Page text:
As the U.S. government shutdown continues, you might wonder how so many shuttered government agencies and laid-off federal workers will affect the economy and your portfolio. The good news is that the economic impact, overall, is likely to be small. In late 2013, a similar government shutdown, spanning 16 days, trimmed overall economic (GDP) growth by about half a percentage point over the course of the year.
But of course the impact on any individual American depends on who you are and where you live. Roughly 800,000 government workers are going to have to do without their paychecks for the duration of the shutdown. About half of those are working without pay; the rest are on furlough, so the hours they would have worked will not be counted toward the nation’s GDP. No paycheck probably means less money spent on dining out and other discretionary purchases that drive economic statistics. If some or all of those workers are eventually paid retroactively, this impact is likely to be minimal.
Meanwhile, national parks and attractions are closed, which will hurt sales at nearby stores and restaurants. Home buyers seeking FHA loans, small businesses applying for SBA loans, and Americans seeking passports will all have to wait until the government opens its doors again. If the shutdown persists into late January or early February, it could also delay some of Americans’ tax refunds.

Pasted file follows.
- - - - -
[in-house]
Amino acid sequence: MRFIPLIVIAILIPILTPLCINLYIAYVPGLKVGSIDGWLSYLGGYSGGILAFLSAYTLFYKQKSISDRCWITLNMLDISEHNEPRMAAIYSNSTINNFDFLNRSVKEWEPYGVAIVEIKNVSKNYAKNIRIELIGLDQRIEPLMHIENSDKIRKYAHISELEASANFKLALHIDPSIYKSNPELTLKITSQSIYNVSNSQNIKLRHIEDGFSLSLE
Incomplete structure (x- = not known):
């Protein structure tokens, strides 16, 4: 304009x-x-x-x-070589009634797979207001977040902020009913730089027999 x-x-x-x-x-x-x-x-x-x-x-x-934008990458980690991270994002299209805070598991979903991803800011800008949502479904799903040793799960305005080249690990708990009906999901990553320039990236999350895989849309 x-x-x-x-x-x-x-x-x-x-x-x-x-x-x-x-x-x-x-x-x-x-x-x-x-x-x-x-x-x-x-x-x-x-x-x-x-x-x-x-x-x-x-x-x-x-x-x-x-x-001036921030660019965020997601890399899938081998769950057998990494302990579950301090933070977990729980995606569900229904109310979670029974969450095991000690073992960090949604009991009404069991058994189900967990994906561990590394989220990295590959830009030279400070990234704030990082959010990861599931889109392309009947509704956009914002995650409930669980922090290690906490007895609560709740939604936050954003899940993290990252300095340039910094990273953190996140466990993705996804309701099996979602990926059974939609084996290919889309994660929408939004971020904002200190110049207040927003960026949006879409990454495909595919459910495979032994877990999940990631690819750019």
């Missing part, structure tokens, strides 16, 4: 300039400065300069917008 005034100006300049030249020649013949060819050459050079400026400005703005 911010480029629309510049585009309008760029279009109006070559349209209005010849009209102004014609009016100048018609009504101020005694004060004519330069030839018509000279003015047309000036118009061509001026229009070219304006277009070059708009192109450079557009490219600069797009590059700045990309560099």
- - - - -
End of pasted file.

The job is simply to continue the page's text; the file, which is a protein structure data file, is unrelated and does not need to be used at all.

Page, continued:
The Securities and Exchange Commission staffers who would normally approve initial public offerings, where companies raise cash to expand their operations, are now sitting at home. The Commerce Department has temporarily suspended the approval of export licenses.
Financial planners and other professional investors might also have to do without the reports from the Census Bureau and the Bureau of Economic Analysis, whose workers are not at their desks. This means we will have less information about the economy’s health. Just this past week, the government failed to issue scheduled releases on new home sales and trade statistics. Investors might be less confident in their positions if they are no longer receiving key reports on retail sales, consumer spending and America’s gross domestic product.
But overall, the shutdown will almost certainly not trigger a broad breakdown in the U.S. economy. Ironically, the politically-motivated shutdowns in the past have somewhat inoculated the consuming public from worrying too much about whether the government is, or is not, up and running. We’re kind of used to this by now.
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